While this left foot is on the ground, Johnson uses the time to dial up a movement solution in the form of a unilateral jump cut off his left and landing onto this right from which he executes a short transitional (and rather non-traditional) shuffle step which effortlessly proceeds takes him into a modified lunge position, left foot forward/right foot back. Once in this position (which is one that my skill players spend an extraordinary amount of time training in to move in diverse ways out of), DJ now has a few options including either driving it back up-field by accelerating from this lunge or pushing it to the sideline (probably by using his left foot as the plant leg and the right into a power accelerative step). He chooses the former of course (the safer choice of the two), while reflexively & elastically snapping off the ground rapidly, and takes two to three steps with some purpose before running into a good amount of contact from the arms of Patriot defenders.

Given Johnson’s size, strength, and balance, he is able to essentially bounce off of the entire group of wannabe tacklers, and uses the energy from this bounce to turn to his left and into a spin move to project him back to the outside of the play. He takes two off-balanced steps to try to given him separation from the group, gets relatively unstable, but puts his hand down while showing some dynamic proprioception in a subtle but balanced fashion that would leave many backs lying on their chest dead to rights.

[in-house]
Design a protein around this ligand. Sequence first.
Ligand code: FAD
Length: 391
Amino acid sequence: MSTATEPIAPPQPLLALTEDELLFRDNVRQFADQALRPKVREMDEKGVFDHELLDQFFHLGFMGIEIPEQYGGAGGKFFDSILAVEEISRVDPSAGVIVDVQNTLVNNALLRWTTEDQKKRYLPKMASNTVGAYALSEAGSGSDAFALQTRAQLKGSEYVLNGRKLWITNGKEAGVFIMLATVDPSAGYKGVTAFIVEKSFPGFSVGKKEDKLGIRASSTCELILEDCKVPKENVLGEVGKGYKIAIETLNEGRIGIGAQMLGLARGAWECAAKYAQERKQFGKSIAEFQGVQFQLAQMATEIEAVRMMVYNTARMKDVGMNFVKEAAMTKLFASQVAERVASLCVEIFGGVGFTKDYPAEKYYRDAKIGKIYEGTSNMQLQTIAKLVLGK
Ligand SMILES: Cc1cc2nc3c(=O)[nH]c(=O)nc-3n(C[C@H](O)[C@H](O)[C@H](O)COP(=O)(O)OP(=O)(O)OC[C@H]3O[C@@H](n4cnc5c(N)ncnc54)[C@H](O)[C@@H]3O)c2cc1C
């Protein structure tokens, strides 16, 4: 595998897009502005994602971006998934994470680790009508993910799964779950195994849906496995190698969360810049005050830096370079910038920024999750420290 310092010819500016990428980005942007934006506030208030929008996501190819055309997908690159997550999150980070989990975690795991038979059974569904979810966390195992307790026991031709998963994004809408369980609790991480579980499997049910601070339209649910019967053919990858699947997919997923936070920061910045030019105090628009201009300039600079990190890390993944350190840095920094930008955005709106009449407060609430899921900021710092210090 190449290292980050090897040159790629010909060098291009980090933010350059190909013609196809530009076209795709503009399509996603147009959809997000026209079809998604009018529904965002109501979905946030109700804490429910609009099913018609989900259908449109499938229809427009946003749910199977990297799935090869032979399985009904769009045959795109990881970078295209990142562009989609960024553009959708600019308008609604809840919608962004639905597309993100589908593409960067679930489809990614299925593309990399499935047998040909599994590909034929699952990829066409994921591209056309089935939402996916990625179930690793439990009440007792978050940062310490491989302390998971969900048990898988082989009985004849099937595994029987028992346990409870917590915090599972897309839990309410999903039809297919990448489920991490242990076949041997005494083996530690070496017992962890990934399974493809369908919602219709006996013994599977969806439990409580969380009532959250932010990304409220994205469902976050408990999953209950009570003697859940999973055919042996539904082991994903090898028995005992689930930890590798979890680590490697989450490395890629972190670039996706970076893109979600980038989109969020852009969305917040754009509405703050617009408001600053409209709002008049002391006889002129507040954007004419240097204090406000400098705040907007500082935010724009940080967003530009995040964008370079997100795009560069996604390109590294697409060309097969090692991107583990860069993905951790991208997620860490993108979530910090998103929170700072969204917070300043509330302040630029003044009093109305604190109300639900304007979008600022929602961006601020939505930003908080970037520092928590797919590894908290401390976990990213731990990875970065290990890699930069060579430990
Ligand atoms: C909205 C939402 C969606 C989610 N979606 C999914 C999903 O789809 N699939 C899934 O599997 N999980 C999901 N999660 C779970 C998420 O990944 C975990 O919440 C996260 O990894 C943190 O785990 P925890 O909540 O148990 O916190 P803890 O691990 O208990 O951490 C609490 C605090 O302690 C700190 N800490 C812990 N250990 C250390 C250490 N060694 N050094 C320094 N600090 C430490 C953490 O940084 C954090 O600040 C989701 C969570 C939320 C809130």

This whole sequence taken step-by-step is where his unique athleticism, especially for a dude this big, really shows itself. From here, it’s time to rack up some more yards but members of a relatively athletic secondary (as if any secondary in the NFL isn’t athletic in this day and age!) still wait to have something to say about that intention. Thus, it’s time for this RB, a physical specimen to say the least, to allow his special strength qualities to take over for a moment and those yards I talked about earlier are going to get accumulated as a positive by-product. Between the 46/47 yard line, Johnson shoots out a left-handed stiff-arm at a former All-Pro in Devin McCourty. As you can see on the video, DJ easily deflects the Patriot DB and shows a glimpse of more of what the NFC West can expect even with Marshawn Lynch missing from the division.


After this, even with McCourty and one of his counterparts in hot pursuit, it’s off to the races a bit. As stated in my movement breakdown of him from training camp, the dude is far from slow. However, the Patriot DBs have just enough of an angle to be able to weigh him down and slow him at least temporarily in the process. He briefly gets slightly off balance only to regain stability with a quick high step around the 40 yard line and use that momentum to get him into an acceleration phase (at least as it is depicted in the football linear sense) which leads him into a high speed chase for the next 20 yards only to be caught and brought down by McCourty inside the 20 (note: a rather successful conclusion for the Patriot defense given the fact that DJ had made 6-7 guys miss in some way on this play).


You can watch DJ doing his thing here: